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War Crimes (Supplementary Provisions) Bill [H.L.]

6.51 p.m.

Report received.

Clause 1 [Limitation]:

Lord Wilberforce moved Amendment No. 1:

Page 1, line 6, leave out ("the passage of this Act") and insert ("this Act comes into force").

The noble and learned Lord said: My Lords, in moving this amendment I shall also speak to Amendment No. 2, which is in my name, together with that of the noble Lord, Lord Campbell of Alloway. At the same time, noble Lords may also care to cast an eye upon Amendment No. 3 in the name of the noble Lord, Lord Mishcon, which relates to the same subject. I need not explain the amendments; they are completely self-explanatory. I should just like to add a word or two as to the motivation for putting them forward.

As noble Lords will know very well, the War Crimes Act 1991, to which this Bill is supplementary, was a House of Commons measure; it was passed there by a large majority, and was not welcomed by this House. However, it became law under the constitution and it must be accepted as such. I feel absolutely convinced that none of your Lordships would wish to treat it otherwise. It is the law, and we would not wish in any way to undermine it or stultify it at this stage. It was in that spirit that I looked at the Bill.

When I first saw Clause 1 as originally drafted, I must say, with all respect to the noble Lord, Lord Campbell of Alloway, that I thought it was perhaps a little confrontational. I am sure that noble Lords would not wish it to be so. I am also sure that noble Lords would wish to avoid any appearance of confrontation or of attempting to stultify the Act of 1991. In that spirit, I

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thought of introducing the idea of a closing period—a decent period after the Bill comes into force—which would establish a limit for prosecutions under the Act.

The fact that I introduced this clause in the amendments was intended to reflect the opinions of many noble Lords who spoke on this Bill at Second Reading, when, as noble Lords will remember, there was a very extended debate. It was also my intention to reflect a good deal of the feeling in the other place when the 1991 Act was debated, and when it was emphasised, not once but many times, that there was a need for urgency and speed in disposing of this matter.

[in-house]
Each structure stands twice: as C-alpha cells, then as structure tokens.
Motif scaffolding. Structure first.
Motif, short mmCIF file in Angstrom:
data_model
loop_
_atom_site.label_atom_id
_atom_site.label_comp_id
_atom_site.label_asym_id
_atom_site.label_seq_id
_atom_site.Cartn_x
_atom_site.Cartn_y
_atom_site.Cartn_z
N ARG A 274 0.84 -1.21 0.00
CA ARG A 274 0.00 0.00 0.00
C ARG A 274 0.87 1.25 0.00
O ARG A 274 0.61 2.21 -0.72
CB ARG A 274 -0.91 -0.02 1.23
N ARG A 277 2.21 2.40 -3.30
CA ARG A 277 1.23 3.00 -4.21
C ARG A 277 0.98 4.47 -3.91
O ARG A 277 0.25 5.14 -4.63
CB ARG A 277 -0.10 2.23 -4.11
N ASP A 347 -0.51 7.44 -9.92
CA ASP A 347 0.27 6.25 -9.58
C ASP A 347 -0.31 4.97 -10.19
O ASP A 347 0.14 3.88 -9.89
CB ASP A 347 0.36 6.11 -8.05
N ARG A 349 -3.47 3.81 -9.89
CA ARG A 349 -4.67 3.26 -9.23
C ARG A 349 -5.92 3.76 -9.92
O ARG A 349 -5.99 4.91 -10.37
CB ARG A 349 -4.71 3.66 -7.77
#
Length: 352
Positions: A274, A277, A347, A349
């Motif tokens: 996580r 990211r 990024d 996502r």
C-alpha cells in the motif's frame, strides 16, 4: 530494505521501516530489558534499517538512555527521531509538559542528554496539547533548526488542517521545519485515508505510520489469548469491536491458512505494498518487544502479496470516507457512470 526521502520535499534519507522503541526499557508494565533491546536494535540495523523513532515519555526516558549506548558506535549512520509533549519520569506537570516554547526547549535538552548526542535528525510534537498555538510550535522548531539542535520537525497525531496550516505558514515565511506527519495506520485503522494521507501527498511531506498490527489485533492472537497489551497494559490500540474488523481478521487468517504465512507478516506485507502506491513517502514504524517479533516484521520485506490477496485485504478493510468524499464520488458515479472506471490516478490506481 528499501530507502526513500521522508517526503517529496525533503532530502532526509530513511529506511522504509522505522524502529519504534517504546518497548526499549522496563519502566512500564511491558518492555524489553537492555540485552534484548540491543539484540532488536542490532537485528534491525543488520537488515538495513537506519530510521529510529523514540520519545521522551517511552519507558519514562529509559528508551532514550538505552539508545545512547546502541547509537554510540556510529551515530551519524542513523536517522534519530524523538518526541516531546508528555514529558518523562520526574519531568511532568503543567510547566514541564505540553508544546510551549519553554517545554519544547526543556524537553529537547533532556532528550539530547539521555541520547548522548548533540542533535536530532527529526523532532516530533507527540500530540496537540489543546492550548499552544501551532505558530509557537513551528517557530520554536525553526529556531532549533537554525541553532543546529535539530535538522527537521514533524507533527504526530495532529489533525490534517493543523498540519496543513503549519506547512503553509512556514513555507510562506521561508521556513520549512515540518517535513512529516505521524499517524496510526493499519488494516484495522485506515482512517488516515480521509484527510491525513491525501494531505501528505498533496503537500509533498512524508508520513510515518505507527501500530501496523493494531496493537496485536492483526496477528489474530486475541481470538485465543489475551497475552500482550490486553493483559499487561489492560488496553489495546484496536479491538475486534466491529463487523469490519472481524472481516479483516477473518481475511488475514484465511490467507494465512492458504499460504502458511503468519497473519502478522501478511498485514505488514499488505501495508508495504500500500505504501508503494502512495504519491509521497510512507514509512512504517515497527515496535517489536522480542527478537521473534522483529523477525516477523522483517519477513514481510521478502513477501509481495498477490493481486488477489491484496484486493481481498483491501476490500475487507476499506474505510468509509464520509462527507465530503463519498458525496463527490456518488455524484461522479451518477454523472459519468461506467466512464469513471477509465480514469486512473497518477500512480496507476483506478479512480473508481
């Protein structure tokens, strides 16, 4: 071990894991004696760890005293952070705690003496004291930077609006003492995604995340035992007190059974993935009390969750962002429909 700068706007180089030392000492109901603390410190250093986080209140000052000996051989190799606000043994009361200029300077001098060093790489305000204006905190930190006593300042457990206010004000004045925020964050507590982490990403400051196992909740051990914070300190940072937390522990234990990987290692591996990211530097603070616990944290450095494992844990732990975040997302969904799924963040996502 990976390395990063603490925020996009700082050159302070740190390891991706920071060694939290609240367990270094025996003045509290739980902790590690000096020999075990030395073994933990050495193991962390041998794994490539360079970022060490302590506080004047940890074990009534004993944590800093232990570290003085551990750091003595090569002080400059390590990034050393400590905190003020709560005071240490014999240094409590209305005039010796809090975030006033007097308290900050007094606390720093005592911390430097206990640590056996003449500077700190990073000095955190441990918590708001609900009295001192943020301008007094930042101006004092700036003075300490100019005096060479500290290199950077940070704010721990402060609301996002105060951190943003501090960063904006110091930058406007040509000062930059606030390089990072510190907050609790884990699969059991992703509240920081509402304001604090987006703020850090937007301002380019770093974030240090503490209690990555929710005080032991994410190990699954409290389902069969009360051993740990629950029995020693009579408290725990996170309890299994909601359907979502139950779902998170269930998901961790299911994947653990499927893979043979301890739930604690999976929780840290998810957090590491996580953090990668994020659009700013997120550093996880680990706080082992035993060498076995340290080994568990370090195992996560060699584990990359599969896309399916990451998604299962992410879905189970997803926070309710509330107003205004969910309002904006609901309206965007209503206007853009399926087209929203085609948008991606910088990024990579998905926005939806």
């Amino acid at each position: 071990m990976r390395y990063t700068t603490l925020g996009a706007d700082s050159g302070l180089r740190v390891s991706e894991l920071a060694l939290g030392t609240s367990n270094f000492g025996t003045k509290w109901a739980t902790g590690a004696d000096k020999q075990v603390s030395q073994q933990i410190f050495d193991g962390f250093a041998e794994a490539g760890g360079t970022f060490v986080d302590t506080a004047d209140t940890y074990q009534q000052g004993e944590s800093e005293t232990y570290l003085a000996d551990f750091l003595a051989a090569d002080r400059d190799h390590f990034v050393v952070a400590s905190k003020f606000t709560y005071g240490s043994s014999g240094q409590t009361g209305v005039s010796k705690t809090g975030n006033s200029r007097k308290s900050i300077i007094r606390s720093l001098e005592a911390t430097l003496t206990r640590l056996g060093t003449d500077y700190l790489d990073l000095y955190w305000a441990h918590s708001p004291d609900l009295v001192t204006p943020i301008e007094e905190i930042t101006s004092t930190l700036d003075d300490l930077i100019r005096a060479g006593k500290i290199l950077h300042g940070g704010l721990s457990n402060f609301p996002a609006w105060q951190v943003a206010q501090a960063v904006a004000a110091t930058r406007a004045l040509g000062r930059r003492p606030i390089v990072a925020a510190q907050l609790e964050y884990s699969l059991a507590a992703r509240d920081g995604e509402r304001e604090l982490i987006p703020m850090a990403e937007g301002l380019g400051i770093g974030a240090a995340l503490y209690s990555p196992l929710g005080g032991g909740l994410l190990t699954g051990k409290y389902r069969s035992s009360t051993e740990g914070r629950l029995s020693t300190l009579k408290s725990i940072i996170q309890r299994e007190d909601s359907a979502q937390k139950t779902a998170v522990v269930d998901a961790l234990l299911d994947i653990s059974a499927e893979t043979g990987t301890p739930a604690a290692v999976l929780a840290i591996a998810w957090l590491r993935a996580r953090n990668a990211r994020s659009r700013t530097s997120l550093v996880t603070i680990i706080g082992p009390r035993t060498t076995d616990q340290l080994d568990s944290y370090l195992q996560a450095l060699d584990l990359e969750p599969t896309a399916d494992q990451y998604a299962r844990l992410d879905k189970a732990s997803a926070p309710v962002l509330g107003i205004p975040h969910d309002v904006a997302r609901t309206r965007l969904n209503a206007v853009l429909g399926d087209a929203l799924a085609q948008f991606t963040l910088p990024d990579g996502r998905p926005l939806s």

I note also that the noble Lord, Lord Mishcon, in his Amendment No. 3, follows in effect the language of Amendment No. 1 and does not seem to disagree in principle with the establishment of a time limit—though the noble Lord has a different period to put before your Lordships. I note also that there is no amendment before the House to delete Clause I of the Bill, which is the clause that would remain were neither of our amendments to be accepted. The principle of introducing a moderate—a reasonable—period might be acceptable to the House.

As to the period itself, I chose the period of three months: one has to think of some figure, and that seemed reasonable, giving us in effect about six months or slightly longer from this time. It also seemed to bear some relation to the timetable, in so far as we know it, of the investigations, the prosecution considerations by the CPS, and so on. I will not enlarge upon that; noble Lords will have the dates in mind, and the noble Lord, Lord Campbell, or the noble Baroness may wish to amplify the point. That was the basis on which I ventured to select the period of three months.

I suggest with all respect that this is not an undermining amendment. It is not one that stultifies or repeals the Act of 1991. (I take those words from previous debates.) It is well within the intention of the present Bill, as expressed by many noble Lords at Second Reading, and I believe that it reflects a good deal of the intention of the other place as expressed in 1990. So far as concerns the Government, I think I can safely say that the amendment renders the present Bill less unacceptable than it would be without it. I do not pretend that I shall go over the edge to "acceptable", but it makes it "less unacceptable".

I shall pay very great attention to what is said about the amendment by the noble Lord who is the sponsor of the Bill. I was very cheered and heartened when he decided to add his name to it. If he has any comment or suggestion as to its future course, I will of course pay very great attention. At this point I beg leave to move Amendment No. 1.